Shrub Care Library
Over the years, we’ve posted lots of articles on caring for shrubs and dealing with landscaping challenges. Here’s a round up of some pages that you might find helpful:
- Growing shrubs in containers
- Protecting plants over winter
- Growing plants around black walnut trees
- How to deal with winter damaged plants
- Why Plant in Fall?
- Standard Care
- Pruning Demystified - Download PDF
A closer look at our plant tags
It’s our mission to select the best and most beautiful flowering shrubs the world has to offer, but that doesn’t go very far if we don’t give you the knowledge and information you need to be successful once they are planted in your landscape. Here’s a closer look at what, exactly, we mean by the information on our plant tags, and links to more helpful content on shrub care and maintenance.
If the information below still does not answer your question about our shrubs, please contact us.
A closer look at our plant tags
We introduced new, expanded tags for shrubs in 2015. Older versions of our plant tag will still be floating around for a while, so the tag on the plant you purchased may not match this exactly. If you are looking for additional information on a plant, please search for your variety in our database.
Use a pencil or permanent marker to write in the date and location where you planted your new shrub for future reference. We recommend that you remove the tag from the plant and keep it indoors so you can refer back to it periodically.
- Sun=6+ hours of bright sun each day
- Part Sun= 4-6 hours of sun daily, or filtered light throughout the day
- Shade= fewer than 4 hours of sun a day.
If more than one exposure is listed, this indicates that the plant can tolerate both conditions. It also indicates that the plant prefers shadier conditions in hot climates and sunnier conditions in cool ones.
This tells you if a plant tolerates the coldest winter temperatures experienced in your area. If you do not know your hardiness zone, you can find it here. Generally speaking, if you find one of our shrubs for sale at your local garden center, you can count on it being hardy in your landscape.
The height and width you can expect the plant to achieve at maturity. It may take several seasons for the plant to reach these proportions, depending on climate, growing conditions, and the size of the plant you start with.
A rough guideline explaining how far apart to plant multiple specimens of the same variety based on the width of the plant at maturity.
When you can expect the plant to flower. If it says “foliage plant” here, that means it is does not bloom (in the case of conifers) or that the blooms are insignificant (boxwood, for example).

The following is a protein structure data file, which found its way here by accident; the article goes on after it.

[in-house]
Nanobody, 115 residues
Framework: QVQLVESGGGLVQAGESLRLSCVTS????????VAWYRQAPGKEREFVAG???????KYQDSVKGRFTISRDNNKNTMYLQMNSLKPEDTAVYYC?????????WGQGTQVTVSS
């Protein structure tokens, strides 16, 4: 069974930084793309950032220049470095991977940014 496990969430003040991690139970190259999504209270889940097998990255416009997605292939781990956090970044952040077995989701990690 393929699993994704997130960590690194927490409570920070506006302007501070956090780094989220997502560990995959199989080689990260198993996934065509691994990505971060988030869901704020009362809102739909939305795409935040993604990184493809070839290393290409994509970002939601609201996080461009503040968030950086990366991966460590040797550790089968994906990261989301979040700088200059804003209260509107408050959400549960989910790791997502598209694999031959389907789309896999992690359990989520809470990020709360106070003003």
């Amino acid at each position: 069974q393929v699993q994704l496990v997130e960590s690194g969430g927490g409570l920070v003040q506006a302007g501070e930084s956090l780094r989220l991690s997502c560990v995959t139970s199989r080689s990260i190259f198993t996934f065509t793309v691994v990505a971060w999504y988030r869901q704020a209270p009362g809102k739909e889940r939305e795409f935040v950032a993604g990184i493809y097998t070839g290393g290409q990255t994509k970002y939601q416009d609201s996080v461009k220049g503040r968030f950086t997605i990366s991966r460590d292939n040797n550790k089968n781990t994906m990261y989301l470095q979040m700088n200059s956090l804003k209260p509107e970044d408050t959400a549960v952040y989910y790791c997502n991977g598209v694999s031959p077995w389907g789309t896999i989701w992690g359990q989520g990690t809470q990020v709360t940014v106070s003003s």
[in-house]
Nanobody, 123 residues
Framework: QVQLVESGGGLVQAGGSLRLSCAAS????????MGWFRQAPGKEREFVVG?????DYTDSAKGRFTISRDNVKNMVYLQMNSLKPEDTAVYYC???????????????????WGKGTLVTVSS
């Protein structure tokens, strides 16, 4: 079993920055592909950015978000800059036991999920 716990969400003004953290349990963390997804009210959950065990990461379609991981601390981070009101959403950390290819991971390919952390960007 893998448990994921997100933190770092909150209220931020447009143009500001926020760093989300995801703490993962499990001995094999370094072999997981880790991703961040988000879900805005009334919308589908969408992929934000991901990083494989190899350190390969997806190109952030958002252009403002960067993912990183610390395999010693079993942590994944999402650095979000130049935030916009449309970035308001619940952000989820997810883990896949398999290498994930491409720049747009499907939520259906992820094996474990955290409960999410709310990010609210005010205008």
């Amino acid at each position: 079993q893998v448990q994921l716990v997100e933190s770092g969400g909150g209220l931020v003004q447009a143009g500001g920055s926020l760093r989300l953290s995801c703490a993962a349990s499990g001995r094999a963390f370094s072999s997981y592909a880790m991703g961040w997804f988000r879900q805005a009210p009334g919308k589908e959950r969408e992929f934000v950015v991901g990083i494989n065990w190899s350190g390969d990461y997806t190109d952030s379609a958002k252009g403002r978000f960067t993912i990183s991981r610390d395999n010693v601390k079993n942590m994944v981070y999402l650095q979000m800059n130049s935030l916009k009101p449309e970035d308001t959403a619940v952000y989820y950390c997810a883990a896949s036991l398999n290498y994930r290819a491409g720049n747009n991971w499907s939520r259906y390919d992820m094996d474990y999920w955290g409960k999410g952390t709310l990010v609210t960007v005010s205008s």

This indicates the best time to prune the plant IF it needs it. Not all plants strictly require regular pruning. You can get the full story on pruning here in our four part pruning series. If you are in doubt about whether or not you should prune your plant, err on the side of caution and do not prune it. Please contact us with your pruning questions for specific pruning advice.
Here you’ll find any special soil requirements to consider before planting. Most of our varieties are not terribly finicky about soil, though the majority of plants do require well-drained soil.
This section notes any special care the variety requires. In most cases, you’ll find fertilizing recommendations here. Fertilizing is not strictly necessary in most cases – but if you wish to fertilize, this will tell you the best time to do it. The best fertilizer to use for flowering shrubs is a granular fertilizer formulated for woody plants, like a rose fertilizer. Measure it out according to package directions, and apply it around the perimeter of your plants rather than close to the main stem.
This section lists some common landscape uses for the plant, based on its habit (height, width, and whether it is upright, rounded, creeping, etc.). These are just suggestions; plants are versatile and can be used just about any way that you can dream up. Don’t feel bound by what you see here if you had a different use in mind.
We rank a plant’s deer resistance on a scale of low, medium, or high. This assessment is based on Rutgers University’s website, compiled from research and reports at multiple universities around the country. Here’s a closer look at how we qualify these ratings:
- Low: deer favor these plants, and their damage may disfigure the plant substantially. In some cases, low deer resistance may also mean that deer specifically eat the flower buds of the plant, depriving you of one of the key benefits of growing it. If deer visit your garden, plan on protecting any plant that are ranked “low” on our scale.
- Medium: deer may browse these plants occasionally or lightly. Any damage that they cause will typically be easy for the plant to recover from, though it may limit growth somewhat. It would be a good idea to protect these plants with a repellent, netting, or fence if you live in an area with high deer activity.
- High: deer rarely, if ever, browse these plants, so they can be grown in the open, without protection. Be aware that no plant is deer-proof, however, and if other food sources become scarce, deer may eat even their least-favorite plants.
We recommend that our flowering shrubs be planted in the way described in this part of the tag. You can read an extended tutorial on planting here (https://www.provenwinners.com/learn/planting/how-plant-shrub), or watch our video here. We do not recommend adding anything to the soil at planting time, which can interfere with drainage and delay a plant getting established in the landscape.